David Spann – McKinney Independent School District
- Written by: Tom Faunce
- Produced by: Victor Martins
- Estimated reading time: 4 mins
As the current chief information officer at McKinney Independent School District (ISD), David Spann has spent 33 years in public education. Starting out as a classroom teacher, he eventually transitioned into an assistant principal role where he became involved with and in charge of the technology at the high school where he was working.
After receiving training in network administration, Spann led a project that involved wiring the school’s first computer lab in 1994. “I received a call from the superintendent from another district and he let me know that there was a director of technology job opening at one of his schools,” recalls Spann. “I applied for it and got the job; that propelled me into the technology world full time.”
After spending 11 years in that position, Spann moved to another district as the executive director of technology for five years before becoming the chief information officer at McKinney ISD, where he has been for two years. Some of Spann’s key initiatives have included implementation of a Learning Management System, building a backup data center and migration to cloud storage for students and staff.
From his days as a classroom teacher, Spann approaches every aspect of his job with concern for how it will impact the students. He has also found that the role of a chief information officer has transitioned from a strictly technological position to an administrative and managerial one. “We receive so much input from many different resources,” says Spann. “It comes down to the fact that it’s not about what technology we want, but what is right for the classroom; that involves a lot more people than just the IT department.”
Spann’s team supports 23,000 computing devices, network infrastructure to support 31 campuses, 1,400 printers, 1,500 projectors and 105 public address systems.
One of the biggest initiatives that Spann has been involved in with McKinney is a project called 1: The World. In September 2014, the McKinney ISD board of trustees passed the initiative, which was intended to redefine the way its students collaborate, create and communicate. The district distributed 2,000 laptops to students in a matter of days. “It was a very rewarding experience for us,” says Spann. “It has been a great way to interact with the students. We’ve done it the past two school years and each year has been very successful.”
McKinney ISD has been implementing the use of devices such as iPads and tablets in grades K-8 and integrated them into project-based learning that engages the students’ creative thinking and problem-solving abilities. The variety of devices varies depending on the grade level, from iPads to tablets. The closer the students get to high school, the more the focus is shifted to Macbooks and laptops. “When they get into high school, it’s all about preparing them for college,” Spann explains. “The 1: The World project generates from the initiative to help them prepare for the next stage in their life.”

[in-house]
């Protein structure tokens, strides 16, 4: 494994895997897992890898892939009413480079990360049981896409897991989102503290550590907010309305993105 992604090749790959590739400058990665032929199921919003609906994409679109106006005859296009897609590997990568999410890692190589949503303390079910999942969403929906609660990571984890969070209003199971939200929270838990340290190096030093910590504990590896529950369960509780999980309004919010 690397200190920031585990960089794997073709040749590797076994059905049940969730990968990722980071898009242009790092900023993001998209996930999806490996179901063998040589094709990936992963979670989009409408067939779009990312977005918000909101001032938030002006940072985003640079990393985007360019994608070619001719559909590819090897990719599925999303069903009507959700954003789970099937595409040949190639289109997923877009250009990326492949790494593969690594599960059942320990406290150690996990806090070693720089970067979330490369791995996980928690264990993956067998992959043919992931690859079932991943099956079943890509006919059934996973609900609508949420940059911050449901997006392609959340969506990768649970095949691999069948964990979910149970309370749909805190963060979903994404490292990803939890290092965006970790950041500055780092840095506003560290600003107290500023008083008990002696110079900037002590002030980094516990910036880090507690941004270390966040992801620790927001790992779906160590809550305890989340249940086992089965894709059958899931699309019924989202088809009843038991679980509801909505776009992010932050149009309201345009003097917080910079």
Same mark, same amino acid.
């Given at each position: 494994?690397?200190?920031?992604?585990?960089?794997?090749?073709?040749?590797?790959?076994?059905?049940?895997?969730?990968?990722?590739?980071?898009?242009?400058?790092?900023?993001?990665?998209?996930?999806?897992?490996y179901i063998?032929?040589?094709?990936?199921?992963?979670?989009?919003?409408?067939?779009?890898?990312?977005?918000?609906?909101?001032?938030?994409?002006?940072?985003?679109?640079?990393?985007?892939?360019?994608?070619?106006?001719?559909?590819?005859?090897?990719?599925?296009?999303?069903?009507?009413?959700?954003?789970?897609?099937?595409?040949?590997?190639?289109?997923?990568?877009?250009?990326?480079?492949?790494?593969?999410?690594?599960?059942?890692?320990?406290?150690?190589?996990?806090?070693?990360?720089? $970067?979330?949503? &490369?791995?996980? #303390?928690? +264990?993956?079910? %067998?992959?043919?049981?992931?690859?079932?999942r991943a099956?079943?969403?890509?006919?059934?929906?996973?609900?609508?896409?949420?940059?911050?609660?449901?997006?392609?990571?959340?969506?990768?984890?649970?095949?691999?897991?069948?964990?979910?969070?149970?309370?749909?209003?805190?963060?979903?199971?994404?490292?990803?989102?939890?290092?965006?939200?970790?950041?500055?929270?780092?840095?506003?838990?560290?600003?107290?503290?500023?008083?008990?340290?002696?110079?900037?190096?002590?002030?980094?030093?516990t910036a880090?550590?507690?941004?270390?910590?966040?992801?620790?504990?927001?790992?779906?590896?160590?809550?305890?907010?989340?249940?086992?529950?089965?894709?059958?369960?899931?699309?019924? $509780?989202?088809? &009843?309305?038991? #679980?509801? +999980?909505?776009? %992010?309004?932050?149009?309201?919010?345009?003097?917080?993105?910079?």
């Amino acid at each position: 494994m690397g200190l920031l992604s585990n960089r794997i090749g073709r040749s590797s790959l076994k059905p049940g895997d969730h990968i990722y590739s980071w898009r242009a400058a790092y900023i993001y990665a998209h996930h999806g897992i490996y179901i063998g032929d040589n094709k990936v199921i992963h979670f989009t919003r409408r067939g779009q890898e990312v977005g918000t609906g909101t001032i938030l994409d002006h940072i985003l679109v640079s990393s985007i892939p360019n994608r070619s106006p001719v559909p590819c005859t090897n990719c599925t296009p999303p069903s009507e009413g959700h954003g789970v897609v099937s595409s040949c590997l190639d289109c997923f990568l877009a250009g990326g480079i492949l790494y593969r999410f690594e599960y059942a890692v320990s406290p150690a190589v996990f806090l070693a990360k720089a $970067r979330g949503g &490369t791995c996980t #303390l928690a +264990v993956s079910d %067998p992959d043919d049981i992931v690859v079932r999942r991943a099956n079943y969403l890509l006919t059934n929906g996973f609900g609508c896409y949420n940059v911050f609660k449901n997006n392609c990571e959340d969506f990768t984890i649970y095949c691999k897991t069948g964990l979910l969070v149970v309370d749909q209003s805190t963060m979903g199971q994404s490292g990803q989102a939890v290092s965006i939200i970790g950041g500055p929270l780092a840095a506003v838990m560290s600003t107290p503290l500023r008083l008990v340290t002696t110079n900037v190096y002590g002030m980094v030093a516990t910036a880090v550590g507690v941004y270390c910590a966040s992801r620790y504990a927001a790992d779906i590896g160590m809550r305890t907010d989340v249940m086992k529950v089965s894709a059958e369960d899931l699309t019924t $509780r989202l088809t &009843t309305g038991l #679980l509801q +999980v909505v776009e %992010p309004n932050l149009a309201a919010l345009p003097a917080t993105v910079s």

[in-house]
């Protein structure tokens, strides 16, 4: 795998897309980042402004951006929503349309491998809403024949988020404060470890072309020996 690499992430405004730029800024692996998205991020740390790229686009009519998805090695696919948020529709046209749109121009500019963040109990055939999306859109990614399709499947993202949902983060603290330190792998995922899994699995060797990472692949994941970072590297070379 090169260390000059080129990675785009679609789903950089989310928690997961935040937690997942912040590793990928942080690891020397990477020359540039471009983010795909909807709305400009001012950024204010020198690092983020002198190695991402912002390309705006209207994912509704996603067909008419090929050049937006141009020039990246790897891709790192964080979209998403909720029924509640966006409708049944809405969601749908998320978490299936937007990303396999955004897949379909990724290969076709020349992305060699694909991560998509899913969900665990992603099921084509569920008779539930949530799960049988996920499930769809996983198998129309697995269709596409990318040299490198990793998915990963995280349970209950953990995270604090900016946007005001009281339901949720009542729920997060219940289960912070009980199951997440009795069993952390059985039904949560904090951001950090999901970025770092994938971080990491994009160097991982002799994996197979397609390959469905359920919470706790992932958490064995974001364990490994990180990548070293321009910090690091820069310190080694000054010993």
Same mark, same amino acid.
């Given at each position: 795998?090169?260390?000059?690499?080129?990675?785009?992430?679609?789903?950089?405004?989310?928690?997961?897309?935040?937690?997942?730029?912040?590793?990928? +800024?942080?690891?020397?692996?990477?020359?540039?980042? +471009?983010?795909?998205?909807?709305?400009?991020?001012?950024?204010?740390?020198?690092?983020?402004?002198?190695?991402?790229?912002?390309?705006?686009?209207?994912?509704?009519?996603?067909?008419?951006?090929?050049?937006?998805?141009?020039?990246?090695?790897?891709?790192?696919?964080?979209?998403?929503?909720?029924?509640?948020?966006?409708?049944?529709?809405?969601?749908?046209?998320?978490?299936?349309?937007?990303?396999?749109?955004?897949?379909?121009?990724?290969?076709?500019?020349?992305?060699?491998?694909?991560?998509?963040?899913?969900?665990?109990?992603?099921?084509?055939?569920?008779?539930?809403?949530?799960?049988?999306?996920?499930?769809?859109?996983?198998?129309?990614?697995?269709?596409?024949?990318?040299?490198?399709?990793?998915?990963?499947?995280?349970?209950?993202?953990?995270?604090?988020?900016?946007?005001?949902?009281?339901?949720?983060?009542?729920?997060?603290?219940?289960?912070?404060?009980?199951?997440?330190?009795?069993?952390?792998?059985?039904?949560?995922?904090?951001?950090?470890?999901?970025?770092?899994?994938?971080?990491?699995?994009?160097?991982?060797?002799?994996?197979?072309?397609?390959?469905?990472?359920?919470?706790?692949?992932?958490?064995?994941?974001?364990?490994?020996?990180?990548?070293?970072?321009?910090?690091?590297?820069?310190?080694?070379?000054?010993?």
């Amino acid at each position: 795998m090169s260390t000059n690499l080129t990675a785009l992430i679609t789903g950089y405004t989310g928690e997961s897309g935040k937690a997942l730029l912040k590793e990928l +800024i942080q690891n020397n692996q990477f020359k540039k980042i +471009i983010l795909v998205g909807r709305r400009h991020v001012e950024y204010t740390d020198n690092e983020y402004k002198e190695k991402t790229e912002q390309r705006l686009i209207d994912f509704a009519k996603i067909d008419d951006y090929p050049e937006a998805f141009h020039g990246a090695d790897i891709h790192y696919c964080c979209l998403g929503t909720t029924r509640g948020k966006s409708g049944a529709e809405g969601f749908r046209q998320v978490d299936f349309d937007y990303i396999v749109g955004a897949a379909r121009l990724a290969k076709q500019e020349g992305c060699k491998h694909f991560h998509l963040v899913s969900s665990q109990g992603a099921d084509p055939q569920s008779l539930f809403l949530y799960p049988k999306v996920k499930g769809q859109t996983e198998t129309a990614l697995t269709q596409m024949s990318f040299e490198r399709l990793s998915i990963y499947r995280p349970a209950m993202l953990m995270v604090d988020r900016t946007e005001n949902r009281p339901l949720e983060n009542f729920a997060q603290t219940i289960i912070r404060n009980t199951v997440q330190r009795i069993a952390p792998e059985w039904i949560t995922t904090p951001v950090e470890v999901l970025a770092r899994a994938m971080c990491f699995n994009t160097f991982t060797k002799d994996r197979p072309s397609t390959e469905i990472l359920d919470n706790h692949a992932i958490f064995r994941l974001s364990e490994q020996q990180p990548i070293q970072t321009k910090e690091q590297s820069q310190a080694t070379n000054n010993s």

One of the aspects of preparing the students for college life is the activity of receiving and turning in assignments electronically. With the implementation of Blackboard, students are now prepared for the ins and outs of communicating with teachers and professors via an online portal. “One of the great things about the 1: The World program is that many of these kids have never had a laptop before,” says Spann. “I’ve had parents come up to me and tell me how great this experience has been for their kids.”
With the number of networks and technological aspects going on at McKinney ISD, the IT department maintains the ability to support all systems internally. Depending on the complexity of a job, the district may outsource certain aspects to aid in the process. An example of this is when the 2,000 laptops were given out, Spann used the services of an outside company that received the laptops, unwrapped them, installed any images or software on them and delivered them to the district, ready to be handed out to the students. “We do that mainly because of the amount of time it takes to do that and manage all that packaging waste,” Spann explains. “They also recycle as much of it as possible.”
Building relationships with outside suppliers, vendors and resources has been of utmost importance to Spann and his team. “When we’re spending taxpayers’ dollars, we have to ensure that we are getting the very best price while also providing the best service for the students,” shares Spann. “There are also times when certain things happen and we may need some additional support right away. You want those partnerships where you know the other party will be there and be able to take care of it for you.”
With a passion for combining education and technology, David Spann will continue to implement new initiatives and systems that provide a better learning experience for students of all ages throughout McKinney Independent School District.
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